The report groups the projects under four categories: healthcare waste management, unintentional POPs, PCB management and industrial POPs.
The projects are linked to SDGs 3 (good health and well-being), 5 (gender equality), 8 (decent work and economic growth), 9 (industry, innovation and infrastructure) and 12 (responsible consumption and production).
April 2019: The UN Development Programme (UNDP) has published a report that highlights the results, lessons learned and human impact from eight GEF-funded UNDP projects to implement the Stockholm Convention on Persistent Organic Pollutants (POPs).The report titled, ‘Sound Chemicals and Waste Management,’ groups the projects under four categories: healthcare waste management, unintentional POPs, PCB management and industrial POPs.
The healthcare waste management case studies look at: reducing unintentional POPs and mercury releases from the health sector in Ghana, Madagascar, Tanzania and Zambia; updating National Implementation Plans (NIPs), integration of POPs into national planning, and promoting sound healthcare waste management in Kazhakstan; and protecting human health and the environment from unintentional POPs and mercury as a result of disposal of healthcare waste in Kyrgyzstan.
On unintentional POPs, the case studies address: the reduction of POPs and persistent toxic substance releases by the environmentally sound life cycle management of electrical and electronic equipment and associated wastes in China; and reducing releases of polybrominated diphenyl ethers (PBDEs) and unintentional POPs from unsound waste management and recycling practices and manufacturing of plastics in Indonesia.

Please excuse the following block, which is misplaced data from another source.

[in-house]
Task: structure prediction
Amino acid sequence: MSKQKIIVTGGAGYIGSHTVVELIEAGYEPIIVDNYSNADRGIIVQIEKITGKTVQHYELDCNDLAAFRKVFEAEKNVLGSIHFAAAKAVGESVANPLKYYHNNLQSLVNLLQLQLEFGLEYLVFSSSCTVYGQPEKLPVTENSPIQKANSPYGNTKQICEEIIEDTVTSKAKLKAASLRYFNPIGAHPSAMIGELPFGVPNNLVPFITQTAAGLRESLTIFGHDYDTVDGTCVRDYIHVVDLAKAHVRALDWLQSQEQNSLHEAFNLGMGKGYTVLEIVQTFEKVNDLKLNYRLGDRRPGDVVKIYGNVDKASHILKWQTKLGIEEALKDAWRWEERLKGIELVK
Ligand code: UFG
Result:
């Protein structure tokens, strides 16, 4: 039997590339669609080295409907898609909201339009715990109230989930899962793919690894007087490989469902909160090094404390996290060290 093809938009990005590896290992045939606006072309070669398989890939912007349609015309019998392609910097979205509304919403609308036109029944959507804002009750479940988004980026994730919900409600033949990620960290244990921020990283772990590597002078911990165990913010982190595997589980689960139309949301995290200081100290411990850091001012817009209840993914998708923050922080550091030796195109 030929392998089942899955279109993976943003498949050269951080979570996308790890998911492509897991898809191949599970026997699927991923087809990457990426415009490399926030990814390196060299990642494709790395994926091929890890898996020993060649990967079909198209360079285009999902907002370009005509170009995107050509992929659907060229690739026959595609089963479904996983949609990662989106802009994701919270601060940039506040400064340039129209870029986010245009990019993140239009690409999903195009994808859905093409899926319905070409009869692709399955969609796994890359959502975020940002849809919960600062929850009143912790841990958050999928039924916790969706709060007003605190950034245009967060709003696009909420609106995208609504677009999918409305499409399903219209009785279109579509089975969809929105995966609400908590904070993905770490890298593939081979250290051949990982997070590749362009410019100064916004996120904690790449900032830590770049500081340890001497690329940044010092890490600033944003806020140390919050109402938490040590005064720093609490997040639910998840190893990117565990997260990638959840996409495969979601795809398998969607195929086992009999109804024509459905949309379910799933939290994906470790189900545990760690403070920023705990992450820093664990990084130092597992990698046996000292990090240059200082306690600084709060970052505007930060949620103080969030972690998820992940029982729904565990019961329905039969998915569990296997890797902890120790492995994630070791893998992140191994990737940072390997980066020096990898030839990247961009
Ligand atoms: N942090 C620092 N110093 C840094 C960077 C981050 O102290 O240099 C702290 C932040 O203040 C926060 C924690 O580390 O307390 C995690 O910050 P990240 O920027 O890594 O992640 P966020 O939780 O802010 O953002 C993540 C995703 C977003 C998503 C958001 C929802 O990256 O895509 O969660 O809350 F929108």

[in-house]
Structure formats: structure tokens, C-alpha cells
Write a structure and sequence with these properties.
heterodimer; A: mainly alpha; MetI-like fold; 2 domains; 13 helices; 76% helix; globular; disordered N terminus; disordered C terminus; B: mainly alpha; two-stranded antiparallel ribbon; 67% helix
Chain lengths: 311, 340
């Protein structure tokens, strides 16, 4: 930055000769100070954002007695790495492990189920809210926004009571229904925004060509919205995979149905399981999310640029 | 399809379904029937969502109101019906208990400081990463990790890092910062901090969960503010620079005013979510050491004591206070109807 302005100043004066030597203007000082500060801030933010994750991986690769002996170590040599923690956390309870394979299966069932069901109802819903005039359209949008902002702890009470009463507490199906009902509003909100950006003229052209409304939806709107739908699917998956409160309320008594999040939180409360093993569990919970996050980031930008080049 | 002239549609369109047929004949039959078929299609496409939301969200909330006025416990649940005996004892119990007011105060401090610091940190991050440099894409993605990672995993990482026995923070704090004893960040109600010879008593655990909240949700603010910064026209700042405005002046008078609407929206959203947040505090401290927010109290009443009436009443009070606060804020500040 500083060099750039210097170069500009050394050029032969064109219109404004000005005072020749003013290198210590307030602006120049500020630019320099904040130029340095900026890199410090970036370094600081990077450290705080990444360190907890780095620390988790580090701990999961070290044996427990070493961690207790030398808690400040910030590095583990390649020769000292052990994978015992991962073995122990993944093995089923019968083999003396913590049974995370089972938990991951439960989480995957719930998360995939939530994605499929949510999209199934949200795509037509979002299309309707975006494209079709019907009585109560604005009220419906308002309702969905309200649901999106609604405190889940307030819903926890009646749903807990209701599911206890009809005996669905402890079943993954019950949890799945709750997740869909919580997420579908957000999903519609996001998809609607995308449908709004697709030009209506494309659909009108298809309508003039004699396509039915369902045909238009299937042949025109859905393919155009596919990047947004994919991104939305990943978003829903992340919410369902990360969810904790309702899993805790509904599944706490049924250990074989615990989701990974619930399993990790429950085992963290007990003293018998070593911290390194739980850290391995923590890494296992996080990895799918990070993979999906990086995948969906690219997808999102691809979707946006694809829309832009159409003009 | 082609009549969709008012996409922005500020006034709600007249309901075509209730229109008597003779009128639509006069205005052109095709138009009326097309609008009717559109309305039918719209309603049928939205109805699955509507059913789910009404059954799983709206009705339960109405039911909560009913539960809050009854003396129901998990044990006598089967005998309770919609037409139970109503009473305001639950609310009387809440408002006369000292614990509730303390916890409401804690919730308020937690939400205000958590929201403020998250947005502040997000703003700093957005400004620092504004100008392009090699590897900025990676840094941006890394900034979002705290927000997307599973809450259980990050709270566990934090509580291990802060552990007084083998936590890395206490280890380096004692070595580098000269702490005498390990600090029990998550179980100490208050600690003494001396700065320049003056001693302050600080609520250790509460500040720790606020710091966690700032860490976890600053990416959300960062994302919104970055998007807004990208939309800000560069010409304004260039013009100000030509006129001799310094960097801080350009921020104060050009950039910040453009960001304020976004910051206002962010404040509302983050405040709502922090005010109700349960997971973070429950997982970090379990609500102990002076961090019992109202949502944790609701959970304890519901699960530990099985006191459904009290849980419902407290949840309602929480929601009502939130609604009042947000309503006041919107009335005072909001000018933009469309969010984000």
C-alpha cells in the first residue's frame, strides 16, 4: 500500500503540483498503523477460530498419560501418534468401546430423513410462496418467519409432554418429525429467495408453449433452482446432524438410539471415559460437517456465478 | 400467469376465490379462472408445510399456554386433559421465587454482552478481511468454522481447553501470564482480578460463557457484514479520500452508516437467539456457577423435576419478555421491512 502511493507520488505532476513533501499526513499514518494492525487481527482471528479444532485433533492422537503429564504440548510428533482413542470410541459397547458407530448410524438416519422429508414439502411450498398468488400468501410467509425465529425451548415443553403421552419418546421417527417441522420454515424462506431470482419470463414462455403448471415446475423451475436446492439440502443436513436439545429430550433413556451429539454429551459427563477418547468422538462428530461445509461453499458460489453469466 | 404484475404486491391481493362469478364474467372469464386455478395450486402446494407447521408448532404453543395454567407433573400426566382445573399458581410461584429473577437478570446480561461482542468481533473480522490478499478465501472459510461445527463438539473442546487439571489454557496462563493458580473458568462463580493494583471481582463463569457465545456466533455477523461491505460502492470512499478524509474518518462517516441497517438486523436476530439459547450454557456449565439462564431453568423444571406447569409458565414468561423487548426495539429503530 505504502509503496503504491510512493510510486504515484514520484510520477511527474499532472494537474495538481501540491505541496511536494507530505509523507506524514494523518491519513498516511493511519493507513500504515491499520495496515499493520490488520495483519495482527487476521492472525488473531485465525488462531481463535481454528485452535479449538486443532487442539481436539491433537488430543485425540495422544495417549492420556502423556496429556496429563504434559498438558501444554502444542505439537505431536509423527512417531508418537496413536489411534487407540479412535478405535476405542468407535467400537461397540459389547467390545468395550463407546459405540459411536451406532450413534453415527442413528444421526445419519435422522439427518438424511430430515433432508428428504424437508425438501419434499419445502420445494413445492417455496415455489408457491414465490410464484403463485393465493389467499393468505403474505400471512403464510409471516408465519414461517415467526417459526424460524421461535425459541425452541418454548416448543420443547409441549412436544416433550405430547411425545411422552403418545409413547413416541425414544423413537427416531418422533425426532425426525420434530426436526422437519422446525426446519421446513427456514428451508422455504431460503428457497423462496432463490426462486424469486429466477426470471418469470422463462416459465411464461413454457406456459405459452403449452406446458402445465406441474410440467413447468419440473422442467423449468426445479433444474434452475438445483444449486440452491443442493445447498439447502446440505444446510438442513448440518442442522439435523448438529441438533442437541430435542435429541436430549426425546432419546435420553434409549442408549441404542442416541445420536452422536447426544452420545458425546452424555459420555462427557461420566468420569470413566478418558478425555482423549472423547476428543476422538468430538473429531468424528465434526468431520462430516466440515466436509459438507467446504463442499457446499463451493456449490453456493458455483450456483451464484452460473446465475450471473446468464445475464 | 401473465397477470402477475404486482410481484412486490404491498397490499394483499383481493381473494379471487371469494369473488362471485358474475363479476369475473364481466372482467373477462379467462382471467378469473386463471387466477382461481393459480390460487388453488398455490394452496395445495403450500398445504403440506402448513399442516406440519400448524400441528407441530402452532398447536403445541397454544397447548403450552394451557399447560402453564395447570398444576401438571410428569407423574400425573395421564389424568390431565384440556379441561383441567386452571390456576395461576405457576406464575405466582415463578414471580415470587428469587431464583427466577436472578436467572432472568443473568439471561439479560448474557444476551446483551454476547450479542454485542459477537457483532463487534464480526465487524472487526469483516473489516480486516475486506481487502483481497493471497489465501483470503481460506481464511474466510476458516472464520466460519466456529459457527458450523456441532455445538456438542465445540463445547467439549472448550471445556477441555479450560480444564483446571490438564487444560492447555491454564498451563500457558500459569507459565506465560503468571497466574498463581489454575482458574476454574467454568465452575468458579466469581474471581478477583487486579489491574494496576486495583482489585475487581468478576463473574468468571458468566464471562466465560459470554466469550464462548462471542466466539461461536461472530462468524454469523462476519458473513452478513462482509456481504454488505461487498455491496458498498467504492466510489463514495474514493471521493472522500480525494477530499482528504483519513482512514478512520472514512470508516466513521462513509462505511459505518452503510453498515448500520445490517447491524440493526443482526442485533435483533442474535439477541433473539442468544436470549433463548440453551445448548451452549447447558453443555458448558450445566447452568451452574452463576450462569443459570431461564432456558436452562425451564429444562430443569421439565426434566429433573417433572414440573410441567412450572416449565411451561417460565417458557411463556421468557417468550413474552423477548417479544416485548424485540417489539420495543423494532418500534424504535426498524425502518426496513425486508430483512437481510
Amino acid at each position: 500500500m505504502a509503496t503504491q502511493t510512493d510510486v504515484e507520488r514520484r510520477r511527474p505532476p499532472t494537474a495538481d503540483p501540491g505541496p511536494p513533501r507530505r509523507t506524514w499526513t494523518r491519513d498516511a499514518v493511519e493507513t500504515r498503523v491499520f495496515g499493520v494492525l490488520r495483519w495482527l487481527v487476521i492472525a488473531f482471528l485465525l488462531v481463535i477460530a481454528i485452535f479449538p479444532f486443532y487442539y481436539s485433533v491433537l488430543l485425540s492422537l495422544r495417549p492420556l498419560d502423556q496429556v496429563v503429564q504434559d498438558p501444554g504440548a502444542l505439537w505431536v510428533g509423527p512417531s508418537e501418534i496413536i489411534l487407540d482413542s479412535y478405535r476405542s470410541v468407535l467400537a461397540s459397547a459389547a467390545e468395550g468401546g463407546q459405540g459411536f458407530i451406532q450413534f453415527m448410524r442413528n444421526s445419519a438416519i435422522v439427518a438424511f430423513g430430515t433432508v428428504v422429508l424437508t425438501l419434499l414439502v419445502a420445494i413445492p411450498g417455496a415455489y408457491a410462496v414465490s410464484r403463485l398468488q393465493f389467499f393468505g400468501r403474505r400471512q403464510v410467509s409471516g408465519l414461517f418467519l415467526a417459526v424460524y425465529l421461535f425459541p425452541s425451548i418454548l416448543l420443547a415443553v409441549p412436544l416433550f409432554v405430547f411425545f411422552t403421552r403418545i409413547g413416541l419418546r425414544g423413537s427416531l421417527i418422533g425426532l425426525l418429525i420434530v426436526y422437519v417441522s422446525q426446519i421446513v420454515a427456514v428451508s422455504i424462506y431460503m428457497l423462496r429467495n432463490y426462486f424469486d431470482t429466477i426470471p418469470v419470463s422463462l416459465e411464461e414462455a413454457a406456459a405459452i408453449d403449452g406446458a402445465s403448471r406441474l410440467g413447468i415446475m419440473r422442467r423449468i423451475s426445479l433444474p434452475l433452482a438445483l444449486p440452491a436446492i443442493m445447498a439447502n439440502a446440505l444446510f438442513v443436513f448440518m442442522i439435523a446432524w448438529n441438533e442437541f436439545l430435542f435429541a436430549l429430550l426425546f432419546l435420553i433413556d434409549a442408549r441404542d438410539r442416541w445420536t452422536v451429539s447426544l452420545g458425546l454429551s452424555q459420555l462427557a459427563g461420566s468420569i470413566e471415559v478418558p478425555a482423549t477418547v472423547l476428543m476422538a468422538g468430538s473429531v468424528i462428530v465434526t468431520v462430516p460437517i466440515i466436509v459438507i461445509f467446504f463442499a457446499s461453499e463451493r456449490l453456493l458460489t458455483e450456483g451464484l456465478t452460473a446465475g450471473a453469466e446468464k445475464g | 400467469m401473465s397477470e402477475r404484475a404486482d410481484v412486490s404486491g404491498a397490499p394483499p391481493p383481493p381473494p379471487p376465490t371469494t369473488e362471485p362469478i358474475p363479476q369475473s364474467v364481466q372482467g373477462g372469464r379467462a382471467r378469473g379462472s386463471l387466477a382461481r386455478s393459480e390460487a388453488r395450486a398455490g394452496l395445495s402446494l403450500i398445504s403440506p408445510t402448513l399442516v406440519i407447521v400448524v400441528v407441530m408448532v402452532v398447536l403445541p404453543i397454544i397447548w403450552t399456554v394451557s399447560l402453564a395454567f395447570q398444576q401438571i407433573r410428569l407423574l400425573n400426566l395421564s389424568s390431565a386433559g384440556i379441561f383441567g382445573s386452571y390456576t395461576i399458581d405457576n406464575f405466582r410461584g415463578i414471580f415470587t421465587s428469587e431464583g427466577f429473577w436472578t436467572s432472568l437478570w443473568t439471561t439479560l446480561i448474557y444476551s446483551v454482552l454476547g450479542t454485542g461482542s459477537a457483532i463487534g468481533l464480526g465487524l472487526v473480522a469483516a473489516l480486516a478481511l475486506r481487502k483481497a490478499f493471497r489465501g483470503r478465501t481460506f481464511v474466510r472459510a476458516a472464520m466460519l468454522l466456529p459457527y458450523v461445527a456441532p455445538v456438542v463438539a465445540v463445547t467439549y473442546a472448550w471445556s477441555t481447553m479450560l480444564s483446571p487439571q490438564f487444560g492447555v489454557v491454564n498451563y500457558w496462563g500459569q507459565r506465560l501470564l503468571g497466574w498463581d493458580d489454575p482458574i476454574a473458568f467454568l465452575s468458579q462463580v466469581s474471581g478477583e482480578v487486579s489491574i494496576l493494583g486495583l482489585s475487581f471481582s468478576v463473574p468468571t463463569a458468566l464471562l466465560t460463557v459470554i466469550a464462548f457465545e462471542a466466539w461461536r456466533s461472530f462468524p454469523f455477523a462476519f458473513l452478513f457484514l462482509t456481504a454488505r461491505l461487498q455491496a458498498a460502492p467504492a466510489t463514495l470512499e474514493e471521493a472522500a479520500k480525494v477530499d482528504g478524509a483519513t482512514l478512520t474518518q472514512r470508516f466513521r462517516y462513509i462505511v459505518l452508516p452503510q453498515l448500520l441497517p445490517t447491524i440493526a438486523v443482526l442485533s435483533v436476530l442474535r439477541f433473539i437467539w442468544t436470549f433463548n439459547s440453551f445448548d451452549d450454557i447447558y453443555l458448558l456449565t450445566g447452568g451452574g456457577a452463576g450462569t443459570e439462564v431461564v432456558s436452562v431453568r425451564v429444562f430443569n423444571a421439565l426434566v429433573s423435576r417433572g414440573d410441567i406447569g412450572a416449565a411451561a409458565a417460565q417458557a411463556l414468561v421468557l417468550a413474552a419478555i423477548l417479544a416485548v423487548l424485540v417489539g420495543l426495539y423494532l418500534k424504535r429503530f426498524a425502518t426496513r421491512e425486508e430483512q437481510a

Regarding PCB management, the report looks at: the development of national capacity for the environmentally sound management and disposal of PCBs in Colombia; and integrated and environmentally sound management of PCBs in Ecuador.
The final case study relates industrial POPs and the reduction of unintentional POPs in the secondary copper production sector in China.
The report helps identify the ways in which recipient communities feel that the projects are improving their livelihoods and protecting their health. The projects are linked to SDGs 3 (good health and well-being), 5 (gender equality), 8 (decent work and economic growth), 9 (industry, innovation and infrastructure) and 12 (responsible consumption and production).
They are also linked to UNDP Strategic Plan Output 1.3, which addresses solutions developed at the national and sub-national levels for the sustainable management of natural resources, ecosystem services, chemicals and wastes. [Publication: Sound Chemicals and Waste Management for Sustainable Development]